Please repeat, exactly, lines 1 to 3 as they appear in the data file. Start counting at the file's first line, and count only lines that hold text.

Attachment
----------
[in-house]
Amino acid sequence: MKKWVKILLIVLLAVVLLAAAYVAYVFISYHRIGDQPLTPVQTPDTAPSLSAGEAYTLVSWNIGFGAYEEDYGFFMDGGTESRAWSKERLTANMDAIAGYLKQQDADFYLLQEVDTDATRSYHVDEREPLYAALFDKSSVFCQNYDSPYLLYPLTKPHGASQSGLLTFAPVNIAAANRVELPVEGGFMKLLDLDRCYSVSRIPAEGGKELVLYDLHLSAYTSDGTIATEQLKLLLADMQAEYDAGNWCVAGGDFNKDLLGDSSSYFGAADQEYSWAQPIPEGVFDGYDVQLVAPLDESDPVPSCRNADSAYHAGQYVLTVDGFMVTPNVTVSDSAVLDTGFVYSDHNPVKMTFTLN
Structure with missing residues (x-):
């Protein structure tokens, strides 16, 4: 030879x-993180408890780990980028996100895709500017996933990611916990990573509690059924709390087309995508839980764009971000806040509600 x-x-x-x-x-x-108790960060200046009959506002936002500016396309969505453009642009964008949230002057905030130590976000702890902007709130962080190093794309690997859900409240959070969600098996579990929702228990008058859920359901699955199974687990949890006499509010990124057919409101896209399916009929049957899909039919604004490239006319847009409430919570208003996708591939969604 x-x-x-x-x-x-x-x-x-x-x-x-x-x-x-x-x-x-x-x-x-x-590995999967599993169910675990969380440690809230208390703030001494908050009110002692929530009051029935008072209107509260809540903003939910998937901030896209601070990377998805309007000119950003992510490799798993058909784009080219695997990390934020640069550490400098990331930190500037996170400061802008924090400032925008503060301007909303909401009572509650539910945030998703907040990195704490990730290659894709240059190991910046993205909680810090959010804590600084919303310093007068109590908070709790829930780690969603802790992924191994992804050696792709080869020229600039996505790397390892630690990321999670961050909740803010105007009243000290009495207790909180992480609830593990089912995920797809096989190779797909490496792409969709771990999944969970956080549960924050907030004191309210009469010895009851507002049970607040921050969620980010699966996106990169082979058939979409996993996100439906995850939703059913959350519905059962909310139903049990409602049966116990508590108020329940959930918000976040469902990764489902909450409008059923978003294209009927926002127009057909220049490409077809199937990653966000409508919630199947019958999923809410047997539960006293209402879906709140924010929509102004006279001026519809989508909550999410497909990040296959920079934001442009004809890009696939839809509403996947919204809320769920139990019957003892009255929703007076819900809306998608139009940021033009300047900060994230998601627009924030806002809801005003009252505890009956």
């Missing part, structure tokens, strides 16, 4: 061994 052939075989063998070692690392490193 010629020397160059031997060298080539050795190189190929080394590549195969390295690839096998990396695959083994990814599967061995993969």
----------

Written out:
[in-house]
Amino acid sequence: MKKWVKILLIVLLAVVLLAAAYVAYVFISYHRIGDQPLTPVQTPDTAPSLSAGEAYTLVSWNIGFGAYEEDYGFFMDGGTESRAWSKERLTANMDAIAGYLKQQDADFYLLQEVDTDATRSYHVDEREPLYAALFDKSSVFCQNYDSPYLLYPLTKPHGASQSGLLTFAPVNIAAANRVELPVEGGFMKLLDLDRCYSVSRIPAEGGKELVLYDLHLSAYTSDGTIATEQLKLLLADMQAEYDAGNWCVAGGDFNKDLLGDSSSYFGAADQEYSWAQPIPEGVFDGYDVQLVAPLDESDPVPSCRNADSAYHAGQYVLTVDGFMVTPNVTVSDSAVLDTGFVYSDHNPVKMTFTLN
Structure with missing residues (x-):